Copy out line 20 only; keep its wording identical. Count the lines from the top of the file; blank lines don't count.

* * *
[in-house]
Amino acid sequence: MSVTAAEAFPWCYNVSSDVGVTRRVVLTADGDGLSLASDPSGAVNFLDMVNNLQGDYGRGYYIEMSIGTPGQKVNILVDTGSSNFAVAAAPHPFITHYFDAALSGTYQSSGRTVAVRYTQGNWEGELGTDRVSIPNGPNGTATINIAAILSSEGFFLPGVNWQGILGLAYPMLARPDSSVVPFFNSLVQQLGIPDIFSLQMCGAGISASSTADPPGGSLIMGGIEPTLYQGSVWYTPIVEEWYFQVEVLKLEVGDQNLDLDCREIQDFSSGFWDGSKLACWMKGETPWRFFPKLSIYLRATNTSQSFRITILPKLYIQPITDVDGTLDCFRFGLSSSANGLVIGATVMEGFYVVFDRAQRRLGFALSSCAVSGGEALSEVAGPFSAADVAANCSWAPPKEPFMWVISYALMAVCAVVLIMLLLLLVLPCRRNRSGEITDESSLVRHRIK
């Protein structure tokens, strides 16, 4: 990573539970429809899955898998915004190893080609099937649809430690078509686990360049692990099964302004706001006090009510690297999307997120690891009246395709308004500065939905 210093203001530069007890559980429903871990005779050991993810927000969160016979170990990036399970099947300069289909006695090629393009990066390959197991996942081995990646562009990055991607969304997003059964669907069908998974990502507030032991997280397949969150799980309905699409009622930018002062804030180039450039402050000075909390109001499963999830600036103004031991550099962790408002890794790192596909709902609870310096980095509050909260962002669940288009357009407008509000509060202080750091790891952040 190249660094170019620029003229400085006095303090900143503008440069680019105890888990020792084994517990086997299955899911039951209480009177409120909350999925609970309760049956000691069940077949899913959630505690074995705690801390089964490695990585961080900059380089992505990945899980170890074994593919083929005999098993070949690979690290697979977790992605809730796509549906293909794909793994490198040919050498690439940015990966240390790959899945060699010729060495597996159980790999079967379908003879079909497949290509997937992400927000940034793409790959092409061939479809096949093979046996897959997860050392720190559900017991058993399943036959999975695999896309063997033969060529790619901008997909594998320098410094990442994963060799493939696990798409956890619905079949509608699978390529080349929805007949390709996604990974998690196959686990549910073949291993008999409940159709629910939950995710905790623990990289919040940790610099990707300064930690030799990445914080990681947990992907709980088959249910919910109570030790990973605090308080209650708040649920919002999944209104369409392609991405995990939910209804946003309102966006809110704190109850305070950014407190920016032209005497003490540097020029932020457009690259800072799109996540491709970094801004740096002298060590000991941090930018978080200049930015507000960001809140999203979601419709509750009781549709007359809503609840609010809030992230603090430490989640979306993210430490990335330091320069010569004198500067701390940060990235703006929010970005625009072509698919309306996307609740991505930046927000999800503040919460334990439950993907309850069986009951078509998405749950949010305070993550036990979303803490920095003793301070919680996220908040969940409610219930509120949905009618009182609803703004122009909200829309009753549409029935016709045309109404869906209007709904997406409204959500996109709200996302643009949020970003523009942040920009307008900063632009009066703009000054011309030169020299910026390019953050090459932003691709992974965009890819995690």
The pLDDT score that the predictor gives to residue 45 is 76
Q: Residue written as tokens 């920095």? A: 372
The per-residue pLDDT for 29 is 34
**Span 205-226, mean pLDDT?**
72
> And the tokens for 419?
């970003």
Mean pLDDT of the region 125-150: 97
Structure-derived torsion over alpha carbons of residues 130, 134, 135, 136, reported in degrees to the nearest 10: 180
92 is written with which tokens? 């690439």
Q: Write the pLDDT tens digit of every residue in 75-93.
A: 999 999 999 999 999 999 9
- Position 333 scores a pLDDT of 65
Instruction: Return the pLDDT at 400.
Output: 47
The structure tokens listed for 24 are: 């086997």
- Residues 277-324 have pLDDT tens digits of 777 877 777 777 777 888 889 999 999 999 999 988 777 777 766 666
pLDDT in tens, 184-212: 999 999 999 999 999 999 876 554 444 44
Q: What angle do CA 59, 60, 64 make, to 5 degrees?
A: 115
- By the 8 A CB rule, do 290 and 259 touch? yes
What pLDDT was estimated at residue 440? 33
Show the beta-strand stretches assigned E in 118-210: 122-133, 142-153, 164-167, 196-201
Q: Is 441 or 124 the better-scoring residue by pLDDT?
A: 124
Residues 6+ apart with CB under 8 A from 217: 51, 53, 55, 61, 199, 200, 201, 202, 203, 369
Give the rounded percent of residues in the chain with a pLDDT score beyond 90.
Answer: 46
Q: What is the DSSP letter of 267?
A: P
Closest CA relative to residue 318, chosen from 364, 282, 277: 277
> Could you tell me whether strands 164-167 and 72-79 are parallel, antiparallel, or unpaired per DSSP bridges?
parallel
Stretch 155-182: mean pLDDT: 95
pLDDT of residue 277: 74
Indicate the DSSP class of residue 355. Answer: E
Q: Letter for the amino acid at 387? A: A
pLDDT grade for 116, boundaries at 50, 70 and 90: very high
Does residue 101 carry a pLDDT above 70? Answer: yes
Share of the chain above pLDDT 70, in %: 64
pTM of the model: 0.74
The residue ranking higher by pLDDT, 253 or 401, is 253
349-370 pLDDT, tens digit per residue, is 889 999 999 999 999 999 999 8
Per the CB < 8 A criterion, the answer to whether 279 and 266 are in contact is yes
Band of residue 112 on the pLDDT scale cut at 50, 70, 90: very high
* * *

- Residues 277-324 have pLDDT tens digits of 777 877 777 777 777 888 889 999 999 999 999 988 777 777 766 666